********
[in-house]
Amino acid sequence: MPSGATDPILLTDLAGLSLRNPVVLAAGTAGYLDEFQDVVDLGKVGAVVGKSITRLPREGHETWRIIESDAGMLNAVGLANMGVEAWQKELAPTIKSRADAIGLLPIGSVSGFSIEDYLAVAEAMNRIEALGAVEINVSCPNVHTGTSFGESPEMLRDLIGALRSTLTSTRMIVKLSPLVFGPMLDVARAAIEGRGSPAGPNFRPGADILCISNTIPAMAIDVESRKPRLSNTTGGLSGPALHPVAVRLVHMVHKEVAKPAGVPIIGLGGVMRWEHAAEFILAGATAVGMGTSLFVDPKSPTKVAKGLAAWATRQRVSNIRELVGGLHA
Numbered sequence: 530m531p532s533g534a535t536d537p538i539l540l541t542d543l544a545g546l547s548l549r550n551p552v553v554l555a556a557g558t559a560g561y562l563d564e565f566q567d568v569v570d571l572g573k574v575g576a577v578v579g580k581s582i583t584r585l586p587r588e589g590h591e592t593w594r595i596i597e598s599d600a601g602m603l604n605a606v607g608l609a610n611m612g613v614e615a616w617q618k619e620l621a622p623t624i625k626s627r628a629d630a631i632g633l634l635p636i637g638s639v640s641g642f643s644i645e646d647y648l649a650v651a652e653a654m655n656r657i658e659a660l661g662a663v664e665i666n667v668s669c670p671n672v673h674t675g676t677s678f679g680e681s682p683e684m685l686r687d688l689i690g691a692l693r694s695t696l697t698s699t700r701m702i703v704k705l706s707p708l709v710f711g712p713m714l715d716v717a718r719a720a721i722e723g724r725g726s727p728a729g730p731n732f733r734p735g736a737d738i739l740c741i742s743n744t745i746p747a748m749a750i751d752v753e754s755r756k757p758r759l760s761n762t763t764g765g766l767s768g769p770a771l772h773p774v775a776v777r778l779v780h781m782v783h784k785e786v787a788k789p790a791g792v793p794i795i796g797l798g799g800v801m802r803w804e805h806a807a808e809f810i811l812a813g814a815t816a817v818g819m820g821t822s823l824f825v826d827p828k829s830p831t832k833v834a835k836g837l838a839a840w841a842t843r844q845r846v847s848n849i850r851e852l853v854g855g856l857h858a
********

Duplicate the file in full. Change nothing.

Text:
[in-house]
Amino acid sequence: MPSGATDPILLTDLAGLSLRNPVVLAAGTAGYLDEFQDVVDLGKVGAVVGKSITRLPREGHETWRIIESDAGMLNAVGLANMGVEAWQKELAPTIKSRADAIGLLPIGSVSGFSIEDYLAVAEAMNRIEALGAVEINVSCPNVHTGTSFGESPEMLRDLIGALRSTLTSTRMIVKLSPLVFGPMLDVARAAIEGRGSPAGPNFRPGADILCISNTIPAMAIDVESRKPRLSNTTGGLSGPALHPVAVRLVHMVHKEVAKPAGVPIIGLGGVMRWEHAAEFILAGATAVGMGTSLFVDPKSPTKVAKGLAAWATRQRVSNIRELVGGLHA
Numbered sequence: 530m531p532s533g534a535t536d537p538i539l540l541t542d543l544a545g546l547s548l549r550n551p552v553v554l555a556a557g558t559a560g561y562l563d564e565f566q567d568v569v570d571l572g573k574v575g576a577v578v579g580k581s582i583t584r585l586p587r588e589g590h591e592t593w594r595i596i597e598s599d600a601g602m603l604n605a606v607g608l609a610n611m612g613v614e615a616w617q618k619e620l621a622p623t624i625k626s627r628a629d630a631i632g633l634l635p636i637g638s639v640s641g642f643s644i645e646d647y648l649a650v651a652e653a654m655n656r657i658e659a660l661g662a663v664e665i666n667v668s669c670p671n672v673h674t675g676t677s678f679g680e681s682p683e684m685l686r687d688l689i690g691a692l693r694s695t696l697t698s699t700r701m702i703v704k705l706s707p708l709v710f711g712p713m714l715d716v717a718r719a720a721i722e723g724r725g726s727p728a729g730p731n732f733r734p735g736a737d738i739l740c741i742s743n744t745i746p747a748m749a750i751d752v753e754s755r756k757p758r759l760s761n762t763t764g765g766l767s768g769p770a771l772h773p774v775a776v777r778l779v780h781m782v783h784k785e786v787a788k789p790a791g792v793p794i795i796g797l798g799g800v801m802r803w804e805h806a807a808e809f810i811l812a813g814a815t816a817v818g819m820g821t822s823l824f825v826d827p828k829s830p831t832k833v834a835k836g837l838a839a840w841a842t843r844q845r846v847s848n849i850r851e852l853v854g855g856l857h858a